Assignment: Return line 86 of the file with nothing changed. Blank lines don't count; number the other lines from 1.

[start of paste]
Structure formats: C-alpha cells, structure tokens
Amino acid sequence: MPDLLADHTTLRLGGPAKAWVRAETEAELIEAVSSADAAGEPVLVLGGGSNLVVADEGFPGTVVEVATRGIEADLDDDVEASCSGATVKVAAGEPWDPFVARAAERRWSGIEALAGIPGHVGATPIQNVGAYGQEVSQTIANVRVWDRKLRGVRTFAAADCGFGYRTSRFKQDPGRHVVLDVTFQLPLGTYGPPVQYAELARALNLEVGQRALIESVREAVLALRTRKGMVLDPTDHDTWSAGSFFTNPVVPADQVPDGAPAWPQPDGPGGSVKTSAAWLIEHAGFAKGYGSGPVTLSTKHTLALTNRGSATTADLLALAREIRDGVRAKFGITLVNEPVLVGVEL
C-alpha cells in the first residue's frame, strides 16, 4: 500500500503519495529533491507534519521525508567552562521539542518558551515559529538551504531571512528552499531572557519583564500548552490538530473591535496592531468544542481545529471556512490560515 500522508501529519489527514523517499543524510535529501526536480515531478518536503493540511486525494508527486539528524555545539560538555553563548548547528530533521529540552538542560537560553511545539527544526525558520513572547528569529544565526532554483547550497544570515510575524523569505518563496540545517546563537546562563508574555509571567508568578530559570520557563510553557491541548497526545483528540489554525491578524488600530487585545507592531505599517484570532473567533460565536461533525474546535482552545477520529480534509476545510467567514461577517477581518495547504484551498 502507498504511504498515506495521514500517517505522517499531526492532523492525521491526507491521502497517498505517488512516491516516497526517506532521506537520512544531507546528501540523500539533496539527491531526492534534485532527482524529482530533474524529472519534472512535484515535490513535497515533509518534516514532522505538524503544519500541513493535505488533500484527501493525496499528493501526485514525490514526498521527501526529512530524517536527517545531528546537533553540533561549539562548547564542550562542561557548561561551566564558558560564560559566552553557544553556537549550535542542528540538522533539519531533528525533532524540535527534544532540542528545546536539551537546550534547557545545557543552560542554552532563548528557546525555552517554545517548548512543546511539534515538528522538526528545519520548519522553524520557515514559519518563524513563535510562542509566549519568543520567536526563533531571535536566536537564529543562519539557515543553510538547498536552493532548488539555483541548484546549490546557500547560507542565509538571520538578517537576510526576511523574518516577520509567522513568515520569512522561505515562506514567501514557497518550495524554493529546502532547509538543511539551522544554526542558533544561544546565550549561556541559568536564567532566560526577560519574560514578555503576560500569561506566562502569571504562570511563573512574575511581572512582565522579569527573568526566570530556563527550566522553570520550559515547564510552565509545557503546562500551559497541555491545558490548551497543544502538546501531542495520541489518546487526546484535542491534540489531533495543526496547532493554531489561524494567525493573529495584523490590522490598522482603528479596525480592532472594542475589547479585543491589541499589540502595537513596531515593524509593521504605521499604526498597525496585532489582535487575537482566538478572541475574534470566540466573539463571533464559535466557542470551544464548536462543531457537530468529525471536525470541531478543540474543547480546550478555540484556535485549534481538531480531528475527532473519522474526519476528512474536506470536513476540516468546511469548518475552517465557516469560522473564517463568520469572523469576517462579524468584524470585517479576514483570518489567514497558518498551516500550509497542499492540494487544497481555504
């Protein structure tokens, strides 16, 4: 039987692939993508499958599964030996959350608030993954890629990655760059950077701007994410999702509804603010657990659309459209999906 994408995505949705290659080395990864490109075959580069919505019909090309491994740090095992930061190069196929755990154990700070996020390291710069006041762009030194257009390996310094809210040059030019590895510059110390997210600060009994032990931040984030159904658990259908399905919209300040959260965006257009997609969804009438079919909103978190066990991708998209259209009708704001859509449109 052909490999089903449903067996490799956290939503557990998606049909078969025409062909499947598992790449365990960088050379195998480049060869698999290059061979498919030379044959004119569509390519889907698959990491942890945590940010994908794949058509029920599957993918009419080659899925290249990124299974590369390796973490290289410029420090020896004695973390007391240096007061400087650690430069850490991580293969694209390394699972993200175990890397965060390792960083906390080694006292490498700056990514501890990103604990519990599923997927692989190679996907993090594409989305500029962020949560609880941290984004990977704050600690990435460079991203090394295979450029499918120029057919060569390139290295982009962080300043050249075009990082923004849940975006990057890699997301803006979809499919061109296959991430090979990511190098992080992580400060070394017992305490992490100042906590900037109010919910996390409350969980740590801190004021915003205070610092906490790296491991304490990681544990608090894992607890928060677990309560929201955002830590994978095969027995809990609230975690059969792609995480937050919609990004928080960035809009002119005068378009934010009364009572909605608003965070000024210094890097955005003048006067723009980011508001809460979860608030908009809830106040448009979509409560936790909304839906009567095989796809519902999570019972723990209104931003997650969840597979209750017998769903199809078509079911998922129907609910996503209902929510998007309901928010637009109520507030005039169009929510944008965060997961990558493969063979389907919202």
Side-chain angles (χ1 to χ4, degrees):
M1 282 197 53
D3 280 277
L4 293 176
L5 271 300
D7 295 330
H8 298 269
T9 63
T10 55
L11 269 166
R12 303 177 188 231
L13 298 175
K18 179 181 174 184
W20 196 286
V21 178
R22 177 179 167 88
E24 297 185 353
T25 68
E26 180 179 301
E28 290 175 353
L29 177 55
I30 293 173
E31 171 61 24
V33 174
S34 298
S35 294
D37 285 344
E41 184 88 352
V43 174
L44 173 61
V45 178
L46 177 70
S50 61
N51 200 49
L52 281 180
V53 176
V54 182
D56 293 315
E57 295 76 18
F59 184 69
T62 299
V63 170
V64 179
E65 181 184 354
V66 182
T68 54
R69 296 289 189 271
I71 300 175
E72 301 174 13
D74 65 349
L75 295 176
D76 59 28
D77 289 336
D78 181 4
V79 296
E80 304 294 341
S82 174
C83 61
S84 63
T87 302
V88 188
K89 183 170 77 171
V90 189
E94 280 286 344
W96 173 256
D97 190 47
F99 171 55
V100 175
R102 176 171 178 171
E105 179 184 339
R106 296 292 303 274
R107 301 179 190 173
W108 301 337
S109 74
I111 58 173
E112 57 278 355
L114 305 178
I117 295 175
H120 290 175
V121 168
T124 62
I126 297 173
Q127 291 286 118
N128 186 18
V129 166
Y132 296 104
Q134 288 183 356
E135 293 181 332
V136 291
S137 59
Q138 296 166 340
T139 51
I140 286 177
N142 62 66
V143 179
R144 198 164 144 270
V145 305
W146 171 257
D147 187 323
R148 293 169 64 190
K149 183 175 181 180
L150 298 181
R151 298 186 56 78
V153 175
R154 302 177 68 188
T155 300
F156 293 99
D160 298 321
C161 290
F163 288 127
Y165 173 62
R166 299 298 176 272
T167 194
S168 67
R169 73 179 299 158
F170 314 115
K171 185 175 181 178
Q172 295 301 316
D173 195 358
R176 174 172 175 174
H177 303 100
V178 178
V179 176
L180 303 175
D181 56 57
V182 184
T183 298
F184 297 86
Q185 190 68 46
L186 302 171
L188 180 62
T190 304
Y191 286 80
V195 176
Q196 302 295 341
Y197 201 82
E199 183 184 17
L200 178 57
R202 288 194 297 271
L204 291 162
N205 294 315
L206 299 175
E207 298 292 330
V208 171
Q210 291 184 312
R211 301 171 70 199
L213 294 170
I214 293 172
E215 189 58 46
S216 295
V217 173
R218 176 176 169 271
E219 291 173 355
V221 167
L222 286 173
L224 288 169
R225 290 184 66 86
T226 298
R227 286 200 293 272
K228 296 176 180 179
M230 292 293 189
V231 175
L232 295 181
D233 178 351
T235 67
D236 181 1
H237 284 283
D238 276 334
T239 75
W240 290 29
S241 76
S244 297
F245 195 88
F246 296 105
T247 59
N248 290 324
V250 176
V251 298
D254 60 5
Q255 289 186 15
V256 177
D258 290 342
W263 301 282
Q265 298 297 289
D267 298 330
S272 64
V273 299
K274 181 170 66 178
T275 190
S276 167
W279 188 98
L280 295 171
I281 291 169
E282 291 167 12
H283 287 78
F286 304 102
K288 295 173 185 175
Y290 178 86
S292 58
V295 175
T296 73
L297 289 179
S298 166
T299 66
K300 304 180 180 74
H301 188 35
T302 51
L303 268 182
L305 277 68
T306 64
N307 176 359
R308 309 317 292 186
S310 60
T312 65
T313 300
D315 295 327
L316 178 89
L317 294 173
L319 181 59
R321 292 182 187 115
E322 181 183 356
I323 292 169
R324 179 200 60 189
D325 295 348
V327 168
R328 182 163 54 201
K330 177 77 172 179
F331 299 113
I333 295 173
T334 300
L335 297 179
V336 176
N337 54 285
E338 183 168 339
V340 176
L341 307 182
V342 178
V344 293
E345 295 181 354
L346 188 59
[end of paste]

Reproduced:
I126 297 173